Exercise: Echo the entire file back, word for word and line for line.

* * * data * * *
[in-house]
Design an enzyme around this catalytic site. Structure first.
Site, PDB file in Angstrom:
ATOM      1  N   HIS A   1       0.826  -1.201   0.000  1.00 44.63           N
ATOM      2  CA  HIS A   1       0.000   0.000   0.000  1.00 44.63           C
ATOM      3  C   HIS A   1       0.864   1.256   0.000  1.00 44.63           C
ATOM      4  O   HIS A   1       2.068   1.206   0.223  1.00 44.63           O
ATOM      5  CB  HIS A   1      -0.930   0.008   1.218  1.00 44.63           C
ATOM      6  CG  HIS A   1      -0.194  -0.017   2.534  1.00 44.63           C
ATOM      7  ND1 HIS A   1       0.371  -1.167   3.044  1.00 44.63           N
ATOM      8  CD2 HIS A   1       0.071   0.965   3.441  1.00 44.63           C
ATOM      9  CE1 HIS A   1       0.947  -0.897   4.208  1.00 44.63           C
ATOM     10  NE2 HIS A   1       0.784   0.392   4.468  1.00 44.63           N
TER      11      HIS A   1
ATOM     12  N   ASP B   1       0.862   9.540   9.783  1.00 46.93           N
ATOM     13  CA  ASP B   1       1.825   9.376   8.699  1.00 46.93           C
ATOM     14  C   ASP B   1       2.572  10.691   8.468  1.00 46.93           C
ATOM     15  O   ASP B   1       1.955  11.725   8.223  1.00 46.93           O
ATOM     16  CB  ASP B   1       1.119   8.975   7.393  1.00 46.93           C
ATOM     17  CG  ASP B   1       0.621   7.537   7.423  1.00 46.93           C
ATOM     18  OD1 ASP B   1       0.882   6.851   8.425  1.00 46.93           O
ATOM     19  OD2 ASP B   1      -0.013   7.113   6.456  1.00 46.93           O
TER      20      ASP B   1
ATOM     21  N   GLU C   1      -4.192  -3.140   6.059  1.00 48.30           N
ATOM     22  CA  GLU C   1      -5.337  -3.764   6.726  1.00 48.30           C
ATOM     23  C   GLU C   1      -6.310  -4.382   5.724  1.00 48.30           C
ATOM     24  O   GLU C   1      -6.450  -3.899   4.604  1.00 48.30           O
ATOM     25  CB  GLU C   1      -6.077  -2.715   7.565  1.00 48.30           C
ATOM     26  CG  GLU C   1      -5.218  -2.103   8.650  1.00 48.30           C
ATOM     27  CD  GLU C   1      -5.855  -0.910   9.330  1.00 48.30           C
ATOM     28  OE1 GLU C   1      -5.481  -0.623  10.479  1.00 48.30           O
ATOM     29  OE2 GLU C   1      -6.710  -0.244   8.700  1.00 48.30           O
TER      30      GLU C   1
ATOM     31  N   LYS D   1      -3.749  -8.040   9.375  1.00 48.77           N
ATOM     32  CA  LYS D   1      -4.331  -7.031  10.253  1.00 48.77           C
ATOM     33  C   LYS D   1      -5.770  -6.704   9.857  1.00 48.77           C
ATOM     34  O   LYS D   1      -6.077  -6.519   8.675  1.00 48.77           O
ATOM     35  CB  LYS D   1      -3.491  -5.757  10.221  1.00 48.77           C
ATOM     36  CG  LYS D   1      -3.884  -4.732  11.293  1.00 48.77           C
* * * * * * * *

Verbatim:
[in-house]
Design an enzyme around this catalytic site. Structure first.
Site, PDB file in Angstrom:
ATOM      1  N   HIS A   1       0.826  -1.201   0.000  1.00 44.63           N
ATOM      2  CA  HIS A   1       0.000   0.000   0.000  1.00 44.63           C
ATOM      3  C   HIS A   1       0.864   1.256   0.000  1.00 44.63           C
ATOM      4  O   HIS A   1       2.068   1.206   0.223  1.00 44.63           O
ATOM      5  CB  HIS A   1      -0.930   0.008   1.218  1.00 44.63           C
ATOM      6  CG  HIS A   1      -0.194  -0.017   2.534  1.00 44.63           C
ATOM      7  ND1 HIS A   1       0.371  -1.167   3.044  1.00 44.63           N
ATOM      8  CD2 HIS A   1       0.071   0.965   3.441  1.00 44.63           C
ATOM      9  CE1 HIS A   1       0.947  -0.897   4.208  1.00 44.63           C
ATOM     10  NE2 HIS A   1       0.784   0.392   4.468  1.00 44.63           N
TER      11      HIS A   1
ATOM     12  N   ASP B   1       0.862   9.540   9.783  1.00 46.93           N
ATOM     13  CA  ASP B   1       1.825   9.376   8.699  1.00 46.93           C
ATOM     14  C   ASP B   1       2.572  10.691   8.468  1.00 46.93           C
ATOM     15  O   ASP B   1       1.955  11.725   8.223  1.00 46.93           O
ATOM     16  CB  ASP B   1       1.119   8.975   7.393  1.00 46.93           C
ATOM     17  CG  ASP B   1       0.621   7.537   7.423  1.00 46.93           C
ATOM     18  OD1 ASP B   1       0.882   6.851   8.425  1.00 46.93           O
ATOM     19  OD2 ASP B   1      -0.013   7.113   6.456  1.00 46.93           O
TER      20      ASP B   1
ATOM     21  N   GLU C   1      -4.192  -3.140   6.059  1.00 48.30           N
ATOM     22  CA  GLU C   1      -5.337  -3.764   6.726  1.00 48.30           C
ATOM     23  C   GLU C   1      -6.310  -4.382   5.724  1.00 48.30           C
ATOM     24  O   GLU C   1      -6.450  -3.899   4.604  1.00 48.30           O
ATOM     25  CB  GLU C   1      -6.077  -2.715   7.565  1.00 48.30           C
ATOM     26  CG  GLU C   1      -5.218  -2.103   8.650  1.00 48.30           C
ATOM     27  CD  GLU C   1      -5.855  -0.910   9.330  1.00 48.30           C
ATOM     28  OE1 GLU C   1      -5.481  -0.623  10.479  1.00 48.30           O
ATOM     29  OE2 GLU C   1      -6.710  -0.244   8.700  1.00 48.30           O
TER      30      GLU C   1
ATOM     31  N   LYS D   1      -3.749  -8.040   9.375  1.00 48.77           N
ATOM     32  CA  LYS D   1      -4.331  -7.031  10.253  1.00 48.77           C
ATOM     33  C   LYS D   1      -5.770  -6.704   9.857  1.00 48.77           C
ATOM     34  O   LYS D   1      -6.077  -6.519   8.675  1.00 48.77           O
ATOM     35  CB  LYS D   1      -3.491  -5.757  10.221  1.00 48.77           C
ATOM     36  CG  LYS D   1      -3.884  -4.732  11.293  1.00 48.77           C